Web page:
As citizens become increasingly confident that the pandemic is declining and that the economy is preparing, social issues are emerging and developments in two such areas, crime and abortion, could be reformed. the playing field for the 2022 midterm elections.
When Joe Biden was sworn in as president, the American people viewed the coronavirus pandemic and the economy as the top priorities for Congress and the administration. But now, just four months later, the picture is changing rapidly. Fifty-eight percent of Americans say the worst of the pandemic is behind them and 43% believe the economy is improving, compared to 29% in January.
The most recent detailed survey, completed on May 26 by YouGov, highlights these trends. When asked what topics were “very big issues,” 49% of Americans place violent crime at the top of the list, compared to 39% of the economy and only 32% of the pandemic. Forty-five percent of Democrats view violent crime as a very big problem, a startling finding that is partly explained by the fact that 59% of blacks and 52% of Hispanics place it in that category.
The policy of violent crime is complex. On the one hand, with a margin of 51 to 41 percent, Americans agree that “there is a problem with systemic racism in the police.” Conservatives offering the familiar exculpatory mantra – “some bad apples” – are losing credibility. On the other hand, only 23% of Americans think that cutting funding to police departments is the right answer. Only 35% of blacks, 26% of Hispanics, and 36% of Democrats support funding cuts. In general, most Americans want fairer police and no less police.
During his presidential career, Joe Biden understood these sentiments and quickly rejected demands to “detune the police.” Across the country, Democratic mayors have refused to do so, including some who initially supported those demands.
Still, official statistics support the public’s perception that violent crime worsens and top-down elected officials are likely to be held accountable. Only 36% of Americans approve of the management of this problem by President Biden, much less than by his management of the pandemic (54%) and the economy (45%). And the administration’s efforts to get an effective response will face a Democratic party that is divided on the issue, giving Republicans a chance to gain ground.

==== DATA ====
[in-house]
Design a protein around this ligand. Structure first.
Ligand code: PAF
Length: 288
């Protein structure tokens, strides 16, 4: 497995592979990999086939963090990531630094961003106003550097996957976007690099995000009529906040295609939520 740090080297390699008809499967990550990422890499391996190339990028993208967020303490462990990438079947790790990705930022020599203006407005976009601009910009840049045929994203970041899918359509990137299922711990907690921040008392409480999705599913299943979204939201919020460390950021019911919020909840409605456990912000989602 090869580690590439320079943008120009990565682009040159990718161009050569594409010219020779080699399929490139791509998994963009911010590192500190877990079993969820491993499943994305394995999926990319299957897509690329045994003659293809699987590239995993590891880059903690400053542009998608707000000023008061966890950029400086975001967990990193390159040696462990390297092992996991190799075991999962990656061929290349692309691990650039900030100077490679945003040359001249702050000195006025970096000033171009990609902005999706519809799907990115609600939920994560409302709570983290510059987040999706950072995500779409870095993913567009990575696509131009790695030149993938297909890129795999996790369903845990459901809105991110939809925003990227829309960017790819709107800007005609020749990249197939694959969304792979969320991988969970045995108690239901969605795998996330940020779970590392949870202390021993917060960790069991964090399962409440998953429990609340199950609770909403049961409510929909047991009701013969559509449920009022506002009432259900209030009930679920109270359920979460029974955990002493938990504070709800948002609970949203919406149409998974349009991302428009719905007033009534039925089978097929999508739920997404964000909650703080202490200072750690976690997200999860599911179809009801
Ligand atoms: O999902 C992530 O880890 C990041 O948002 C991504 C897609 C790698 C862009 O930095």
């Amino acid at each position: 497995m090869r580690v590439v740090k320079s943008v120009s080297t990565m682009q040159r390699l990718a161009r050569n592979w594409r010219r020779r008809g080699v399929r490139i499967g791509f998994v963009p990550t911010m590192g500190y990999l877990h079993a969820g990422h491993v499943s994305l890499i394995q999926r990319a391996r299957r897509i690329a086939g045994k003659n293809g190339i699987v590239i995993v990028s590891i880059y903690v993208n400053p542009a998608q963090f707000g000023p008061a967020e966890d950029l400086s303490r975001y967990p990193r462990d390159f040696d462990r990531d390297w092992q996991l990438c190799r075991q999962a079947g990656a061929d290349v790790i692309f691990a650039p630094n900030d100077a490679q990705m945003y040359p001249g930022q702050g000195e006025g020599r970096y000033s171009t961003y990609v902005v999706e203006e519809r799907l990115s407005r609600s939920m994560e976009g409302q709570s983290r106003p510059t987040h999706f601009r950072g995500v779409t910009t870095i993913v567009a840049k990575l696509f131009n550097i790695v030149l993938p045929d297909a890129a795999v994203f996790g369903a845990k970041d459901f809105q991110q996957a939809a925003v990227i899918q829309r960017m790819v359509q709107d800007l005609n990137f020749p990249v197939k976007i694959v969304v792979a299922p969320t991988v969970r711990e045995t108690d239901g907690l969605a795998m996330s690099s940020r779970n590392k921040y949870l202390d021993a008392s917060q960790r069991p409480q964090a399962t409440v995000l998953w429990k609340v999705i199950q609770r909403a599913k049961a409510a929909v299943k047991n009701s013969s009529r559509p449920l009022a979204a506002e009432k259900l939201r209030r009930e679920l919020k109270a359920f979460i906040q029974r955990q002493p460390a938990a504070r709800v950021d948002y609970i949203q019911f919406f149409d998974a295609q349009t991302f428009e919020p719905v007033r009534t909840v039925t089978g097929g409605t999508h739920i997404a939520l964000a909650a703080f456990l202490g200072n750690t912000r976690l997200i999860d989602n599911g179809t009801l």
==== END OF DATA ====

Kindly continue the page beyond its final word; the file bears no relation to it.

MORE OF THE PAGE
The policy of abortion is very different. Public opinion has been stable for decades. Few Americans believe that abortion should be legal in all circumstances, let alone support the widespread ban. Most think it should be available, subject to limitations, but disagree on what limits are appropriate. Most Americans believe that the Supreme Court struck a defensible balance in its decision Roe v. Wade is almost 50 years old and, according to YouGov, only 3 out of 10 want to see it canceled.
But recent events may alter this status quo. The Supreme Court has agreed to hear a case assessing the constitutionality of a Mississippi law that would ban all abortions later than 15 weeks after conception. Defending this law would mean overthrowing much, if not all of Roe, fulfilling the long-held dream of anti-abortion activists.
Veteran observers believe the Court is more likely not to do so. This is significant because few voters agree. Even when he was informed that “Amy Coney Barrett has joined the Supreme Court, creating a conservative 6-3 majority,” only 21% of Americans in the YouGov poll are confident Roe will be annulled · Lat. Most Democrats were born after abortion became a constitutional right and they find it hard to imagine a different reality. Anti-abortion Republicans, who make up about three-quarters of their party, have endured repeated disappointments on the road to Roe’s defeat and don’t believe the outcome this time is any different.
In this context of public expectations, a Supreme Court decision to raise the status quo, which would arrive no later than June 2022, would affect the electorate like a bomb and abortion rights would be moved to the center of the mid-term elections. Most Republican voters would celebrate, but few Republican strategists would join. Here’s why.
Right now, Republicans are more mobilized to oppose the Biden administration than Democrats to support it, an asymmetry that could produce the mirror image of the 2018 interim periods, when Democrats gained big gains and regained a majority in the House of Representatives. The Supreme Court could change this dynamic in a hurry. Democrats — especially women Democrats — would protest in the streets and many independents and suburban Republicans would join. Moderate Democrats for whom much of Biden’s agenda is politically problematic would be given a number that enjoys majority support in their districts, with an identifiable enemy that evokes passionate opposition. This single issue would offset the political vulnerabilities of Democrats on other fronts and allow them to maintain control of the House.
It is strange to imagine that a Conservative-dominated Supreme Court could save President Biden’s legislative agenda in 2023. But many stranger things have happened over the past five years.